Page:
September 16, 2012 3 Comments
Able to commune with the dead, horror nut Norman Babcock (Kodi Smit-McPhee) has been ostracised by his parents, his peers and his community of historic witch-hunters; a state of affairs that he rather prefers. When he is informed by his dead uncle (John Goodman) that it is his duty to perform an ancient ritual to keep the dead from walking the earth — by overruling a legendary witch — Norman sets off for the local graveyard to undo the age-old curse. Followed by his sister (Anna Kendrick), the school bully (Christopher Mintz-Plasse), friendly student Neil (Tucker Albrizzi) and Neil’s older jock brother (Casey Affleck), they soon find themselves confronted not only by the zombified remains of the town’s puritan founders, but a mob of terrified townsfolk desperate for answers.
The latest release from Laiki, Inc, the American stop-motion animation company behind 2009’s Coraline, ParaNorman is both a worthy follow-up to its predecessor and an excellent competitor for stop-motion film of 2012: particularly impressive in a year that also boasts Aardman’s Pirates! In An Adventure With Scientists! and Tim Burton’s Frankenweenie.
ParaNorman is a lot of things: it’s a horror, a comedy, a family film, an homage, an animation, a parable and, as of September, one of the best films released thus far this year. With a sterling voice cast that includes Anna Kendrick, Christopher Mintz-Plasse, Leslie Mann, John Goodman, Casey Affleck, Tucker Albrizzi and Ariel Winter (although Kodi Smit-McPhee is admittedly a little weak in the leading role), directors Sam Fell and Chris Butler manage to hit all of the right notes, almost without fail. Don’t let the PG rating fool you, this is a full-bodied zombie movie that George A. Romero himself would be proud of.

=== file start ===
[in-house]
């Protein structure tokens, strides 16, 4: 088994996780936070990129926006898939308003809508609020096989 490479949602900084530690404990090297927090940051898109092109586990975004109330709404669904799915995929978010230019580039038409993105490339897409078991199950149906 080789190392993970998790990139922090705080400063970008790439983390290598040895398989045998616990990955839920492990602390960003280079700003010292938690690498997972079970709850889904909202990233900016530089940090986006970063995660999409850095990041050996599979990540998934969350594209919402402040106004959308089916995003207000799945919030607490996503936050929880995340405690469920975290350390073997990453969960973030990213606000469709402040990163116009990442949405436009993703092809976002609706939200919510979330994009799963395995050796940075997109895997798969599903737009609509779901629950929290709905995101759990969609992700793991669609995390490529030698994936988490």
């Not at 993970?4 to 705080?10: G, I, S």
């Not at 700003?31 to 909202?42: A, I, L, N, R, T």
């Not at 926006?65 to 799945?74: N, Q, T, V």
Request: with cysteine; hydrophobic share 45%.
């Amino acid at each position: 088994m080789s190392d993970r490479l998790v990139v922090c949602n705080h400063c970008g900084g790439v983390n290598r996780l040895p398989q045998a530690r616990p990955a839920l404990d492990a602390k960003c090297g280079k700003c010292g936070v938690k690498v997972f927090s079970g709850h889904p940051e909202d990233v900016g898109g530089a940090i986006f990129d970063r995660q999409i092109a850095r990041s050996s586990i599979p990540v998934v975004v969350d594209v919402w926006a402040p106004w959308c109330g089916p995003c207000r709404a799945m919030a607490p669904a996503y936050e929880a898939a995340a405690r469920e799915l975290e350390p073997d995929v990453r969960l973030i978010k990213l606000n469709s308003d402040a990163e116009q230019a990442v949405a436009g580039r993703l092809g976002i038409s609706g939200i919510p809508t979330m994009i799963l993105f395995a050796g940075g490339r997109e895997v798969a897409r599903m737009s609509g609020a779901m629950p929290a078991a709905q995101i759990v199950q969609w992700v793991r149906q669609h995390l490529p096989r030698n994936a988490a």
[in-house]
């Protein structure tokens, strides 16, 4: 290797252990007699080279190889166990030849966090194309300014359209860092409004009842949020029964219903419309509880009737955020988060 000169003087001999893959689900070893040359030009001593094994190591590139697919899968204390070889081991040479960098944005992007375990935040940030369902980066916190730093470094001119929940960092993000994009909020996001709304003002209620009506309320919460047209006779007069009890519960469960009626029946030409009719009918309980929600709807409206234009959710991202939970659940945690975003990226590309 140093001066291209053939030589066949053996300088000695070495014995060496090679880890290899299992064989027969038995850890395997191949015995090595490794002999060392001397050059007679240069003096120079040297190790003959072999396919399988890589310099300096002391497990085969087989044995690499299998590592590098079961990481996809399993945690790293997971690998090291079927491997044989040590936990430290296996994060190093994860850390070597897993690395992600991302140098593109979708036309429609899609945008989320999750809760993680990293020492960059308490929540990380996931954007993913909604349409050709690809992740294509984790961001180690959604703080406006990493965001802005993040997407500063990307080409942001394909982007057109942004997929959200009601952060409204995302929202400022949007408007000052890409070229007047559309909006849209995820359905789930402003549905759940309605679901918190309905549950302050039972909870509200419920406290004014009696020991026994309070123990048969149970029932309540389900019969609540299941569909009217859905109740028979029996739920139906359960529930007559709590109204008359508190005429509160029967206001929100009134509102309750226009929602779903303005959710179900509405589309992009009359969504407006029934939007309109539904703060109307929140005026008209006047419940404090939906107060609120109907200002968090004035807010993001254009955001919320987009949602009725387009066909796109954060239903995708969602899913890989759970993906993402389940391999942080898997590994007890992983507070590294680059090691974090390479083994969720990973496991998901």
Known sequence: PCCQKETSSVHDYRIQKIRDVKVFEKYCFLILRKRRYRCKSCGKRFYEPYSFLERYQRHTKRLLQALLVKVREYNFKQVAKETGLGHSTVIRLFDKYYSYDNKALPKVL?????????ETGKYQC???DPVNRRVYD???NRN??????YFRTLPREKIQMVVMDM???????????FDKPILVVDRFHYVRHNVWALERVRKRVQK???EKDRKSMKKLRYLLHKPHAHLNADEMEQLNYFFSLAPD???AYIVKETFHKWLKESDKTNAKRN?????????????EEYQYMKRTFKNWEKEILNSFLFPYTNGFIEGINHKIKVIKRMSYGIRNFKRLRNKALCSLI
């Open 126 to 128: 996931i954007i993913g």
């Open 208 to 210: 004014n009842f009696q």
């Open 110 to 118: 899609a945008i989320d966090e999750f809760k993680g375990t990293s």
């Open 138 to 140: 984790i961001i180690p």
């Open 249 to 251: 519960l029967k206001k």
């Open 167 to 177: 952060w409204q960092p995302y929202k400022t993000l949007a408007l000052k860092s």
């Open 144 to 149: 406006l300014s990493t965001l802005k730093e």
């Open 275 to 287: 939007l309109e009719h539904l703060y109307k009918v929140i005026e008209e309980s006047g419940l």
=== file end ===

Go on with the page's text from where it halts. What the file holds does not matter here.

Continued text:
As is customary in this under-represented genre, the animation itself is particularly worthy of mention. While Smit-McPhee might lack the conviction of Dakota Fanning, visually, Norman is every bit as exquisitely realised as Coraline herself — from his near-transparent ears to his unruly hair. Whether brushing his teeth, rehearsing for the school play or trying desperately to save his town from a zombie apocalypse, the animation is of such high quality that you never for a moment doubt that the character is real. While lacking the Happy Meal-friendly cuteness of other, CGI animations, the cast is riddled with far more complex and interesting characters. The zombies in particular, in spite of their missing limbs and shredded skin, are much more than mere crumbling corpses.
Ultimately, it is the script that perhaps most elevates the film above its peers. While the dialogue is as sharp and sparky as we have come to expect in a genre ruled by Aardman, DreamWorks and Pixar, it is also unafraid to go places that other animations would likely dare to follow — the thematics evolve throughout as the story takes a few unexpected, subversive turns. From Norman’s cine-literacy (“What are you watching?” “Oh, you know, sex and violence”), to the film’s treatment of the town’s Puritanical past, to the particularly memorable pay-off of a central romantic subplot, the film happily dallies in what more focus-grouped fare might consider ‘adult themes’. It is because of this emotional, moral and intellectual maturity that the finale is so wonderfully fulfilling; Norman’s climactic confrontation with the so-called witch is one of the most touching you’ll see this year.
The horror-comedy genre has always been one of the most difficult to get right, and countless films have struggled to strike the necessary balance between laughs and cries. Not only does ParaNorman walk the line with ease and aplomb, but it does so with maturity, for a family audience, in stop-motion, in 3D. Most important of all, however, is that it has something genuinely important to say, and it says it beautifully.